A young female nurse from Palestine, Razan Al-Najar was shot dead when an “Israeli” sniper fired at her chest. In spite of clearly wearing a white uniform of a field nurse and waving her hands to signal that she was tending to a wounded victim, she was nevertheless brutally murdered by the forces of the Zionist regime.
It was later reported that Razan’s murderer may have been an American who joined the regime’s armed forces. While Razan Al-Najar was helping to tend to the serious wounds of her fellow countrymen and women who are continuing their Great March of Return to protest the illegal theft of Palestinian land, Razan’s murderer travelled half way across the world to take up arms for a regime that is currently engaged in the illegal occupation of two states (Palestine and Syria) and which has historically illegally occupied Lebanon and Egypt while conducting attacks on both Iraq and Jordan.
From a legal point of view, “Israel” is recognised as a state by 161 of the 192 member states of the United Nations, including all of the worlds superpowers. By contrast, the so-called Islamic State otherwise known as “Daesh” or “ISIS” is not recognised as a state by any UN member.
In reality though, the two entities have more in common than their generally different legal standing would imply. Both “Israel” and “Daesh” could not exist peacefully as they both rely on the 24/7 use of violence, blackmail and intimidation to suppress the indigenous populations of the territory they occupy. Likewise, both entities have employed the use of ultra-modern propaganda techniques in order to attempt to convince the world that each entity is somehow religiously pure when in reality both “Israel” and “Daesh” violate every basic principle of any mainstream interpenetration of the religions they claim to stand for.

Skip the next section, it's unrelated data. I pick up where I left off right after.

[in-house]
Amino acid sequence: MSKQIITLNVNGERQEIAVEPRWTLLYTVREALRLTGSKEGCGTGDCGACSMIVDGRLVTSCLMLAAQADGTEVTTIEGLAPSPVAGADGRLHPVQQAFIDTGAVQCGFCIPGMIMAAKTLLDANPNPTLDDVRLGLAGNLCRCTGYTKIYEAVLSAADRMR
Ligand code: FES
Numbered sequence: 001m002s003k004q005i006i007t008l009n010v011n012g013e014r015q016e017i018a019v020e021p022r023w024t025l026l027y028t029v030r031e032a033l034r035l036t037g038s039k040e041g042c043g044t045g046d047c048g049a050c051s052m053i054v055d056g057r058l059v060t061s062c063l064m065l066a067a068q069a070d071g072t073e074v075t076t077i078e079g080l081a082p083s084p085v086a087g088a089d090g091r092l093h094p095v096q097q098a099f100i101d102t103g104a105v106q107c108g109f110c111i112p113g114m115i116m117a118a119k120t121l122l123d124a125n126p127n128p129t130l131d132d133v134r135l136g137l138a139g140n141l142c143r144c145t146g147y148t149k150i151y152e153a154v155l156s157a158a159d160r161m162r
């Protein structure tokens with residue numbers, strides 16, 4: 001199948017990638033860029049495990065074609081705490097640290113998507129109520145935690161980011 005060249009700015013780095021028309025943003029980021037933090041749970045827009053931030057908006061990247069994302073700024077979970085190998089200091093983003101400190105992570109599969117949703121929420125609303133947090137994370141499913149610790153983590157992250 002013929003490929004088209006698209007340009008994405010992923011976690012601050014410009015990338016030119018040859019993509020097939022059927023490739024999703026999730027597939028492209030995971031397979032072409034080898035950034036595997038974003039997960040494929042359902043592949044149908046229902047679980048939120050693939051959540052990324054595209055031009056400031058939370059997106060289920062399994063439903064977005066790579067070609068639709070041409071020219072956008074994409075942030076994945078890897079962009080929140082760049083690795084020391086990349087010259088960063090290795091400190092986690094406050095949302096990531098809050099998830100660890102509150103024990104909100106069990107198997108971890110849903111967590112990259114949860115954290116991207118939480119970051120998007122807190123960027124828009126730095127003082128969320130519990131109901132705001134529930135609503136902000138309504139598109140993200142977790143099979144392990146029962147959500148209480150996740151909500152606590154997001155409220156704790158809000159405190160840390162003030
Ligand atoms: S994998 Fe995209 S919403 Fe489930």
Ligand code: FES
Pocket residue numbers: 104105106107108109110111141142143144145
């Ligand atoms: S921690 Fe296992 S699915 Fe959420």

But the similarities do not end there. Both “Israel” and “Daesh” are steadfastly opposed to states whose governance is formed around the principles of Arab Nationalism. The principles of Arab Nationalism, unlike the ideology behind both the Tel Aviv regime and the so-called Islamic State are concerned with promoting progressive equality among historically united regions in which Arabic is the lingua franca, Arabs are the vast ethnic majority and which Islam is the religion of the majority of the inhabitants, but where Christianity and Judaism are also indigenous minority religions. Crucially, Arab Nationalism invites those of all ethnic and ethno-confessional backgrounds to participate as equal citizens in states based on the principles of progressive pan-Arab nationalism rather than those of sectarianism and retrograde religious extremism.
In this sense, those travelling from abroad to fight for either “Israel” or “Daesh” end up fighting for similarly violent entities with a similarly anti-indengenous, religious extremist and violent modus operandi. Why then are those who travel to the Middle East to fight for “Daesh” treated with more contempt than those like the killer of Razan Al-Najar? The answer lies with the fact that international law has failed to maintain an ethical stance on the prevention of cruel and unusual violence against unarmed civilians. It is one of the foremost tragedies of the modern world.